When you think about water and blood pressure the link between dehydration and low blood pressure probably comes to mind. Dehydration is a potential cause of low blood pressure (hypotension) due to resulting decreased blood volume leading to reduced pressure against artery walls.
However, did you know not drinking enough water can lead to high blood pressure?
When you do not drink adequate water the body will compensate by retaining sodium. That should be a red flag. Sodium is directly related to high blood pressure.
While this sodium retention takes place, the persistent dehydration will lead the body to gradually ‘close’ some of the capillary beds. This leads to increased pressure places on arteries and a rise in blood pressure.
Here are three steps you can take to prevent high blood pressure that is caused by dehydration.
1. Drink eight to ten 8-ounce glasses of water daily.
If you already have high blood pressure you goal may be even higher. However, if you have kidney issues consult your doctor.
2. Don’t drink too much.
You can go overboard on water intake and the body can only take so much. If you currently do not drink a large quantity of water, you’ll want to increase your intake gradually so your body can adapt. Drinking more than 96 ounces of water daily can place increased stress on your digestive system and kidneys.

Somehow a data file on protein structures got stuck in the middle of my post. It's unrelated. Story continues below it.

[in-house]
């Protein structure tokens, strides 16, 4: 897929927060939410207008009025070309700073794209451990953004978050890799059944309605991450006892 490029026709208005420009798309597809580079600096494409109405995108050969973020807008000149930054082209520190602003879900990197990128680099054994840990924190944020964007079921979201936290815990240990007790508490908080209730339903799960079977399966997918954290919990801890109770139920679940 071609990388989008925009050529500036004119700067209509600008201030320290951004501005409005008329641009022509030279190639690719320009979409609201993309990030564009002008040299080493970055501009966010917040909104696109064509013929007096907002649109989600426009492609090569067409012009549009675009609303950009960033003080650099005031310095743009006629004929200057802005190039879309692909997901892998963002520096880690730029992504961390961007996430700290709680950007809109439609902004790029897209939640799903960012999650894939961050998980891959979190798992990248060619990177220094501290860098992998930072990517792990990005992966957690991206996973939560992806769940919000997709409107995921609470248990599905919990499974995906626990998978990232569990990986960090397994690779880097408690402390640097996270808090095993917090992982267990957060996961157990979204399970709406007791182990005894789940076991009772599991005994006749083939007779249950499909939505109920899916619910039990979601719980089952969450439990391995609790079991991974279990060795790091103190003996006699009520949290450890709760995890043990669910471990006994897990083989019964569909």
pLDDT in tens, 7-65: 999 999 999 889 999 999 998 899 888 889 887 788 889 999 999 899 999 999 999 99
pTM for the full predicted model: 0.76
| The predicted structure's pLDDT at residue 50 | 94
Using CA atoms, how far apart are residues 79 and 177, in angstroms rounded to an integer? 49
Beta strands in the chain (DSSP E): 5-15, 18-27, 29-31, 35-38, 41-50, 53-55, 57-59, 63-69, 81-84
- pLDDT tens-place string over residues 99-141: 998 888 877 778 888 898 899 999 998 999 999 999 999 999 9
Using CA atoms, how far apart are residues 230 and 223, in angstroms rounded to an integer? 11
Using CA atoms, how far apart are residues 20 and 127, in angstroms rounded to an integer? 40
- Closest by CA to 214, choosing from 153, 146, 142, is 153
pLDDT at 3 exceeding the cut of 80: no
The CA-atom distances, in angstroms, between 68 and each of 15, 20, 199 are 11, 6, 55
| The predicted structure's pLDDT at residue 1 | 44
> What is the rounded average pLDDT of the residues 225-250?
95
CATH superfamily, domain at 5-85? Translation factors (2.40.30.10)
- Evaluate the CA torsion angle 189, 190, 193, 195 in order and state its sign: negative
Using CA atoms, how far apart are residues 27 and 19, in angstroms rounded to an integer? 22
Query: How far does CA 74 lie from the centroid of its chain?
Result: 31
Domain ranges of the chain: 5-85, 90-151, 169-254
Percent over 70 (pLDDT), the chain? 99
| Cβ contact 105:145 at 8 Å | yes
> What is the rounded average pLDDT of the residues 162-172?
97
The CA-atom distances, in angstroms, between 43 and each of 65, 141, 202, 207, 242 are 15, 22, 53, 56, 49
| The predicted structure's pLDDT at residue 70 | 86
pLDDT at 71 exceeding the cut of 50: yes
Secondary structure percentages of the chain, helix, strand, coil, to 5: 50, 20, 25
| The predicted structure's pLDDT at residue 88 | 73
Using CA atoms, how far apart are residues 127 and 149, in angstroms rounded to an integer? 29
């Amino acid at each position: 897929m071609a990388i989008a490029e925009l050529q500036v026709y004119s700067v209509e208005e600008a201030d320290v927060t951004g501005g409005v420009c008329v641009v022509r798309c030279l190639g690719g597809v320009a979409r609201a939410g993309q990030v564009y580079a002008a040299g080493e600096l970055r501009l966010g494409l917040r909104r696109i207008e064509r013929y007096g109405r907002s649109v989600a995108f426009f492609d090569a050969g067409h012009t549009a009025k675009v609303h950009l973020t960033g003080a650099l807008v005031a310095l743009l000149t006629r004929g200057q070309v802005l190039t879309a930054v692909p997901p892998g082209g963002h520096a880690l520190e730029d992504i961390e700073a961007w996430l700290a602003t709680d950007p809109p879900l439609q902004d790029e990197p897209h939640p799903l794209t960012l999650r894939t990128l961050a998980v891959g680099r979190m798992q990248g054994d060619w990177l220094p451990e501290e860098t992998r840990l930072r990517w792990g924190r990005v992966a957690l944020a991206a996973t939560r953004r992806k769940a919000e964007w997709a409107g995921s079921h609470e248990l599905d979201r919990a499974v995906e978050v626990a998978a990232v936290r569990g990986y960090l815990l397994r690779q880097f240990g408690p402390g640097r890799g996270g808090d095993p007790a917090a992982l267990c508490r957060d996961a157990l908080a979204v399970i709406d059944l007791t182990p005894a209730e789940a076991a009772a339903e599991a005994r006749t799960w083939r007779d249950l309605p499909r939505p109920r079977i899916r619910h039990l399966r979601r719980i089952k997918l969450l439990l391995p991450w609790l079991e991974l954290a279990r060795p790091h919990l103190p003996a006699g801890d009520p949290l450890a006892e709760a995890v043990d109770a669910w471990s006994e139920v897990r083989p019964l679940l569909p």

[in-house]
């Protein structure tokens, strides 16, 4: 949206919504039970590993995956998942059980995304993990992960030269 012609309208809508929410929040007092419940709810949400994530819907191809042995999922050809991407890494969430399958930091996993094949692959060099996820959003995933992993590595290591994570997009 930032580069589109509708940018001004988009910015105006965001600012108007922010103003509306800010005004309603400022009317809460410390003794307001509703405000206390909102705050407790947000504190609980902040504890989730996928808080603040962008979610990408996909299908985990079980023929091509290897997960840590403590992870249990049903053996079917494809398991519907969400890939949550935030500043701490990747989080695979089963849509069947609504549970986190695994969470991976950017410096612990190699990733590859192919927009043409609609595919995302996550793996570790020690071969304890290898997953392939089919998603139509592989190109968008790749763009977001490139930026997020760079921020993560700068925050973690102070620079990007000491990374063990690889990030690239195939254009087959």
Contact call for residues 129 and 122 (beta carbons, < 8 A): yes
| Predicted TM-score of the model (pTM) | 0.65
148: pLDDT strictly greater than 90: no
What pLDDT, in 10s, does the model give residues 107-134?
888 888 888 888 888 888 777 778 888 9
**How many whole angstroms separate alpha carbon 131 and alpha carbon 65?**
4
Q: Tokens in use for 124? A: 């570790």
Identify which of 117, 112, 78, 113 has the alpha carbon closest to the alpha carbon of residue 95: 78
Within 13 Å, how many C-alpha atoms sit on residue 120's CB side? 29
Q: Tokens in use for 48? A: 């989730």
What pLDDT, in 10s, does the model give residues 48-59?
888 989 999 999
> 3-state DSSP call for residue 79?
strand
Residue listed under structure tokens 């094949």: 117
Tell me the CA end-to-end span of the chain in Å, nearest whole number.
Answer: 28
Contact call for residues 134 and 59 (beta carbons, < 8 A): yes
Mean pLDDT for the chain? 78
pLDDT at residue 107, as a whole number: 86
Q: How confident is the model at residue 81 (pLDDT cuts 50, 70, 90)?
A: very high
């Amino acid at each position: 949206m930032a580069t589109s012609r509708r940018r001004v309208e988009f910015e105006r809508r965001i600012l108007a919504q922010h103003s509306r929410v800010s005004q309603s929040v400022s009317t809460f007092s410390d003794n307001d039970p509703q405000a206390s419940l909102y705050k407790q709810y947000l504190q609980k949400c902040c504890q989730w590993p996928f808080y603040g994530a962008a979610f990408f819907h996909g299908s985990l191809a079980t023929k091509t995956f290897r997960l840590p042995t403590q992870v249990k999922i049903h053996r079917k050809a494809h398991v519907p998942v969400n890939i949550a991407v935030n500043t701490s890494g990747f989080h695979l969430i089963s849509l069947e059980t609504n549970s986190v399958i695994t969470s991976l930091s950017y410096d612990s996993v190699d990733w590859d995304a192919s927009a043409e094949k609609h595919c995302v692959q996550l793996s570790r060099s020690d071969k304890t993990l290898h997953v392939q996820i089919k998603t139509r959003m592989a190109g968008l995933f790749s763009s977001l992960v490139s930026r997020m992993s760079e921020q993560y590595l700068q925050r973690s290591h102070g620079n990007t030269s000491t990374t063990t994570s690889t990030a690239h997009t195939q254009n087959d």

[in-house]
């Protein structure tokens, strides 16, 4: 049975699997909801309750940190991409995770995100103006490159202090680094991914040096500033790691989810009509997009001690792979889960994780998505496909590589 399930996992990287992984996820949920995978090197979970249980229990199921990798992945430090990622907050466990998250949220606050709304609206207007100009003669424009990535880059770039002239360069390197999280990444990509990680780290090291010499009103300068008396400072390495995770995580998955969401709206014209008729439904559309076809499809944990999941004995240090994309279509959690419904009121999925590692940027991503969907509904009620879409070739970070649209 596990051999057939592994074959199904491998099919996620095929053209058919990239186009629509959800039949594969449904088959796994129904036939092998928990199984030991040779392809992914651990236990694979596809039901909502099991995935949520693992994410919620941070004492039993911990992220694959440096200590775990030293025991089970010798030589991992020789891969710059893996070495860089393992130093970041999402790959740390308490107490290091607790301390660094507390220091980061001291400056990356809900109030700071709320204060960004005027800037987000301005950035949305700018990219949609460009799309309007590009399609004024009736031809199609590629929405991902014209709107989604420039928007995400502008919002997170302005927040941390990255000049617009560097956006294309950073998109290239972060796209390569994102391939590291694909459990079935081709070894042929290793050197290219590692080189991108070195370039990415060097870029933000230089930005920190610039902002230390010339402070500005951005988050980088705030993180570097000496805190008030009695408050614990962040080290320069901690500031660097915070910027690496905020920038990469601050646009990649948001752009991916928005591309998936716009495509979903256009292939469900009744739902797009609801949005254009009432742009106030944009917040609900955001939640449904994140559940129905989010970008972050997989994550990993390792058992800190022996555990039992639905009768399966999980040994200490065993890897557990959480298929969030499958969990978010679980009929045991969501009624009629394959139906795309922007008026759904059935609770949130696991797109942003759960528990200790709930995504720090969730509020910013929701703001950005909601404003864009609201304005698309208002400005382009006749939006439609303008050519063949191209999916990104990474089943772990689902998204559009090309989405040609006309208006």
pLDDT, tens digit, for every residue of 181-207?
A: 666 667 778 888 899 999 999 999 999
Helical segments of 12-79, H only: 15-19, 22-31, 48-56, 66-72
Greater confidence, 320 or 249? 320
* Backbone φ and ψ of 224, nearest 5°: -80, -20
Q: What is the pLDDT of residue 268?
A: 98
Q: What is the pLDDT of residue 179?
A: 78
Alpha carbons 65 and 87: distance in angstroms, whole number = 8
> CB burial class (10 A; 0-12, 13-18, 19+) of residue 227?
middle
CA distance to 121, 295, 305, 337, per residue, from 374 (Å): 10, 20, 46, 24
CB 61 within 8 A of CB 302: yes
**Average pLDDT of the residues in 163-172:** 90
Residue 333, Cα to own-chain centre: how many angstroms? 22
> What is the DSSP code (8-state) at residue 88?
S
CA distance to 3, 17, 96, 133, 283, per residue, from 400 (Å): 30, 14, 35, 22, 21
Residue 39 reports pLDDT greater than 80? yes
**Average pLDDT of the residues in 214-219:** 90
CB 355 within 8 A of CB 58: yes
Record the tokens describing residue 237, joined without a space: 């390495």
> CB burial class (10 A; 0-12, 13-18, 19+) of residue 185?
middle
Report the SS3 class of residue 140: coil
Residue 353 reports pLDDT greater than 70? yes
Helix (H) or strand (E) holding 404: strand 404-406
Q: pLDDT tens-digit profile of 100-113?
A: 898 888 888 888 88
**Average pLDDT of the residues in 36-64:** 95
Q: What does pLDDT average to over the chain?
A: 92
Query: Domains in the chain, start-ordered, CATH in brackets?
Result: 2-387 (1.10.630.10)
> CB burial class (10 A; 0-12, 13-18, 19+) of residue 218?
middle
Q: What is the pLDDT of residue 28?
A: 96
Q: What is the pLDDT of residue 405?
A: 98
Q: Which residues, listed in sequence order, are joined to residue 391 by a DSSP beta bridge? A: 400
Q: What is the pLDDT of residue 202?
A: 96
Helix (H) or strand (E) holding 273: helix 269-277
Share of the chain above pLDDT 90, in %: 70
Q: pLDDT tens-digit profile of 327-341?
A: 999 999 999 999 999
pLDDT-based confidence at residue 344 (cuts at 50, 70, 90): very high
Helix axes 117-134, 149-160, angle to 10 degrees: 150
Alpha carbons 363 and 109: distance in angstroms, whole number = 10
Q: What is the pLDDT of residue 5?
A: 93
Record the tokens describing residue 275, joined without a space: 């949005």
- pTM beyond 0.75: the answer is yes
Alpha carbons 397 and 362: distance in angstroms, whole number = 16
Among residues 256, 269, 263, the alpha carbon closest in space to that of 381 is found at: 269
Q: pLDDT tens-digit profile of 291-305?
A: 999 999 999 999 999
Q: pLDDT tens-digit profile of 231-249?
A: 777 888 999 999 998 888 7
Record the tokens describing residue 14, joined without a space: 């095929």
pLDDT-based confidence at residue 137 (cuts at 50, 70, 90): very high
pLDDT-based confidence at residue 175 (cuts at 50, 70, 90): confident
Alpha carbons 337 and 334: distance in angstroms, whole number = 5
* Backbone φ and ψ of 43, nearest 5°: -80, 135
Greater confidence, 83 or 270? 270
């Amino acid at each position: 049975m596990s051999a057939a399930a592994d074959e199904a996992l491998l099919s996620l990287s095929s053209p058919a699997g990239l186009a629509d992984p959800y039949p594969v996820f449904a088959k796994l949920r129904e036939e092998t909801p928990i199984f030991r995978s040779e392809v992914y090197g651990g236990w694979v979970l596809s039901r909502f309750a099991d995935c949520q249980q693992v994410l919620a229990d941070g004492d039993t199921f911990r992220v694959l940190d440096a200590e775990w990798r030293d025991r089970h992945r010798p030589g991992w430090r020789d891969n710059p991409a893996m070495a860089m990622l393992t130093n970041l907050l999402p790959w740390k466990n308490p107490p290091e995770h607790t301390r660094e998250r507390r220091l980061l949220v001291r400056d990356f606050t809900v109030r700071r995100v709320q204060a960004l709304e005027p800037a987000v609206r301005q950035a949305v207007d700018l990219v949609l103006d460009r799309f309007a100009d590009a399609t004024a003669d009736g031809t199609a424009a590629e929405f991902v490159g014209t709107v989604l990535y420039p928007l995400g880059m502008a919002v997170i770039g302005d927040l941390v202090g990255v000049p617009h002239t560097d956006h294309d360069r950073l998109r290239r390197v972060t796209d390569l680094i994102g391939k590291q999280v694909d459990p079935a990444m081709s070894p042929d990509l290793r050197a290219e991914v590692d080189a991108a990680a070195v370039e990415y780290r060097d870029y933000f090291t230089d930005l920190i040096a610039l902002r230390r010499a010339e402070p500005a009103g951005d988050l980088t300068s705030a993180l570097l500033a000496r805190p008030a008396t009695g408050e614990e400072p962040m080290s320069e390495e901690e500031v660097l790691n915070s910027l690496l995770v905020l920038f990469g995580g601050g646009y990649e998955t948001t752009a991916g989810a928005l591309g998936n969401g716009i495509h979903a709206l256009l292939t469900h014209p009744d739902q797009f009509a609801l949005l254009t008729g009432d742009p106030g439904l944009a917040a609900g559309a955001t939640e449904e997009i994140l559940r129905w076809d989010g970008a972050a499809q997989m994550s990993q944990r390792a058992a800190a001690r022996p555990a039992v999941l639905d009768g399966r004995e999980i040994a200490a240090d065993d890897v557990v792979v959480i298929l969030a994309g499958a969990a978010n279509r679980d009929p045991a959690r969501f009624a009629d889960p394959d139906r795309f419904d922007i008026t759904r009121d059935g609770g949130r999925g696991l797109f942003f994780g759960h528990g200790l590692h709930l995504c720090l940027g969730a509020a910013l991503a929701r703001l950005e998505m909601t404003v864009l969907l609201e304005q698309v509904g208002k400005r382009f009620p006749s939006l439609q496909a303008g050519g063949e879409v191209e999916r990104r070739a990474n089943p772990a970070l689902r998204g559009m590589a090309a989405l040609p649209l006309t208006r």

3. Drink water when you exercise.
You need to replenish the water stores lost during exercise via sweat and evaporation. Be sure to drink adequate water before, during, and after exercise.
The American College of Sports Medicine recommends the following:
- Drink 16 ounces (2 cups) of fluid two hours before exercise.
- Drink water every 15 minutes during exercise sessions that last less than an hour.
- Never restrict fluids during exerciseIf you are working to lower blood pressure, you may also be interested in the free e-course 7 Natural Ways to Lower Blood Pressure at http://lowerbloodpressurewithlisa.com.
Lisa Nelson RD, a registered dietitian since 1999, provides clients step-by-step guidance to lower cholesterol and lower blood pressure, so they can live life and enjoy their family for years to come. Because her own health is the foundation of her expertise, you can trust that Lisa will make it truly possible for you to see dramatic changes in your health, without unrealistic fads or impossibly difficult techniques. She can be found on Twitter @lisanelsonrd and Facebook at hearthealthmadeeasy.